As a homeowner, you rely on contractors to perform work on your property with care and professionalism. Unfortunately, not all contractors live up to these expectations, and property damage can occur as a result. If you're facing property damage caused by a contractor's work, you may be wondering if you can sue the contractor. Here's what you need to know.
The contractor's duty of care
Contractors have a duty of care to perform work on your property with the same level of skill and care that a reasonable contractor in their field would provide. If a contractor fails to meet this standard and causes property damage as a result, they may be liable for the damage.
Types of property damage
Property damage can take many forms, from cosmetic damage to more serious structural issues. Some common types of property damage caused by contractors include:
• Water damage from faulty plumbing or roofing
• Cracked or damaged foundations
• Slab leaks
• Electrical damage from faulty wiring
• Damage to flooring, walls, or ceilings
• Damage to fixtures such as cabinets, countertops, or appliances
How to prove liability
To enforce your legal rights against a contractor for property damage, you'll need to establish that the damage was caused by the contractor's negligence or breach of contract. This can be a complex process, and it's important to work with an attorney who understands the nuances of real estate law. Often, the lawyer will assess the strength of your case (often review your contractor agreement, change orders, photos, videos, written communications with the contractor, etc.). Based upon that review, the real estate attorney should be able to determine the viability of your case and identify the best method to seek recourse. For example, the real estate attorney may start the case with a demand for mediation. Or, alternatively, if the real estate attorney anticipates that informal methods of resolving the dispute will not be fruitful (if, for example, the contractor is unreasonable and/or non-responsive), the attorney may recommend immediate court intervention through the filing of a lawsuit against the contractor.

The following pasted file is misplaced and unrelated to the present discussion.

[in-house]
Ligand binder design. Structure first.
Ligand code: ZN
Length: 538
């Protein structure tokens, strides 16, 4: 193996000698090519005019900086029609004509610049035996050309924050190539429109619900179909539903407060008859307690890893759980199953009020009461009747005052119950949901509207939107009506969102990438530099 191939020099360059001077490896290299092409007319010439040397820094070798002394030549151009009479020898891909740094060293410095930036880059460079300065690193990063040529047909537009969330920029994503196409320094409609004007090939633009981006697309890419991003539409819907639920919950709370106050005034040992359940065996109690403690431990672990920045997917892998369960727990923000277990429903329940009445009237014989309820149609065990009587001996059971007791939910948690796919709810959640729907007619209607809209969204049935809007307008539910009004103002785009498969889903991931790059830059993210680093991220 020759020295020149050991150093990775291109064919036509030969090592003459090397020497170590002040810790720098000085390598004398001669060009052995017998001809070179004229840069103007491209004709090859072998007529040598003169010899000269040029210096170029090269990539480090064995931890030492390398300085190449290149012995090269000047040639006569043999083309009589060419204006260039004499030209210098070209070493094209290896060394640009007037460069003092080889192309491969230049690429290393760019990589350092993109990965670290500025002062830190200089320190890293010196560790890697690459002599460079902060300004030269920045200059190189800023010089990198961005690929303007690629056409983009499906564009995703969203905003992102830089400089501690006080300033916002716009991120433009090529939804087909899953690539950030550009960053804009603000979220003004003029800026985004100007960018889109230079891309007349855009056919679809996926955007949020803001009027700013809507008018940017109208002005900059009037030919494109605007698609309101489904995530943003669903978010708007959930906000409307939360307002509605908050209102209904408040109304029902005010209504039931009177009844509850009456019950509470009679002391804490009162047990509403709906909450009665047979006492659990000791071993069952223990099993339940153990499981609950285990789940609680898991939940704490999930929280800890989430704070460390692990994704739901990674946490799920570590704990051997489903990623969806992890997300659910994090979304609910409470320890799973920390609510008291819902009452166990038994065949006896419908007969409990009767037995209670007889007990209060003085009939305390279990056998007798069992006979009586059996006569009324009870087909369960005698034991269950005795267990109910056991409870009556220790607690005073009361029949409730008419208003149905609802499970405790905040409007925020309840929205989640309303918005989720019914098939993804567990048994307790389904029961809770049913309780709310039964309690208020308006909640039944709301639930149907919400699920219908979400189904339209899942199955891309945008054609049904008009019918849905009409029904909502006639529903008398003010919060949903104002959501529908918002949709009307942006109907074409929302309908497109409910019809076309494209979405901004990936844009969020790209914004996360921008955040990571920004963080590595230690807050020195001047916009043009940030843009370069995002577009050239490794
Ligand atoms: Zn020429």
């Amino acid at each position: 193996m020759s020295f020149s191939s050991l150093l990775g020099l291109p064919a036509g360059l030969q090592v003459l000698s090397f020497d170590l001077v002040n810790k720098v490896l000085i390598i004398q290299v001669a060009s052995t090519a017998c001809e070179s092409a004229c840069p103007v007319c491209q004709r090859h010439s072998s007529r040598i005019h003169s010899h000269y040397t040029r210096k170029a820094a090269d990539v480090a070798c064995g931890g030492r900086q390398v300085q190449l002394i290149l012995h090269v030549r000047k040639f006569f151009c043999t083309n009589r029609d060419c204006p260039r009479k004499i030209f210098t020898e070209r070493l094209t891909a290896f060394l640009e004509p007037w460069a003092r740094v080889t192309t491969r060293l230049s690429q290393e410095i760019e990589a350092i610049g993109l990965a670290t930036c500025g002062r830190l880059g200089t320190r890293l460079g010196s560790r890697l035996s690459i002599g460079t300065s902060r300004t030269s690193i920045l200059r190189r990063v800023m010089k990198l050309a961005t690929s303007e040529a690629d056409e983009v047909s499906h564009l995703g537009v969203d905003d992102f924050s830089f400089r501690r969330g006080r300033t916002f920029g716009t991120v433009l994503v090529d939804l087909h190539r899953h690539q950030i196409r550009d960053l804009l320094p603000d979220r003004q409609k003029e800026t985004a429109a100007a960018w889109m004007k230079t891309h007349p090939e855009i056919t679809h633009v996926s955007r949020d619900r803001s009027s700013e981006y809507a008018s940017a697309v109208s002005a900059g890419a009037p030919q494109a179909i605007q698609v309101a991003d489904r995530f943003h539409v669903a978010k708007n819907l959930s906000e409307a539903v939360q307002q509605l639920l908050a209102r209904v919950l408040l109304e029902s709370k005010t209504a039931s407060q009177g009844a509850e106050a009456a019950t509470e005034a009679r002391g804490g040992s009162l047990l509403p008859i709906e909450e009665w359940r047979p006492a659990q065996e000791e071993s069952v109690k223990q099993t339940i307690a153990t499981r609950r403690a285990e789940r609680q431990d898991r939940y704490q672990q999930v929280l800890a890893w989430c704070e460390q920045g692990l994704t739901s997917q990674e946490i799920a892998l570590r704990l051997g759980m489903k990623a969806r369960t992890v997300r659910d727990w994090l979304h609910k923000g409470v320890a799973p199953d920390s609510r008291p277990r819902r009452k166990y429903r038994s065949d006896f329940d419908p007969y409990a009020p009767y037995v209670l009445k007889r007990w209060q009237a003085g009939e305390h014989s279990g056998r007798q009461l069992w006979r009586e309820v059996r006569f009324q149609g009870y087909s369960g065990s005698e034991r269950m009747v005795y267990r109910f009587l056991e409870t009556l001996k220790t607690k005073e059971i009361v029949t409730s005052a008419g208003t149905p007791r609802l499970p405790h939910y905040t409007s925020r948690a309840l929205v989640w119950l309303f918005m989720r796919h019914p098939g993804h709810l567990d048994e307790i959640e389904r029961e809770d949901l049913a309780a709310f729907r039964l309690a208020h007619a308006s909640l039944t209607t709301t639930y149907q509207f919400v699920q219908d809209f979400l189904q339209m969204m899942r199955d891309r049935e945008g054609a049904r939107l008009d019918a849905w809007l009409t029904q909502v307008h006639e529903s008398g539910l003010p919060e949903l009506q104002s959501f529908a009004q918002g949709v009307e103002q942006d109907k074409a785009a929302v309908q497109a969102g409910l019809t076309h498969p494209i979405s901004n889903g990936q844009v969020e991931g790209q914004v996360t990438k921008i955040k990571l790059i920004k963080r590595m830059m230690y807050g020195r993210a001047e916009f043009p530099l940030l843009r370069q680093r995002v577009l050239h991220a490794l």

If you're successful in suing your contractor for property damage, you may be able to recover damages to cover the cost of repairs or replacement. These damages can include the cost of materials and labor, as well as any additional costs you incur as a result of the damage, such as temporary housing, storage costs, and/or attorney’s fees.
How to prevent property damage
The best way to prevent property damage from occurring in the first place is to work with reputable contractors who have a history of performing quality work. You can also take steps to protect your property by carefully reviewing your contractor agreement and ensuring that it includes provisions that require the contractor to take responsibility for any damage they cause.
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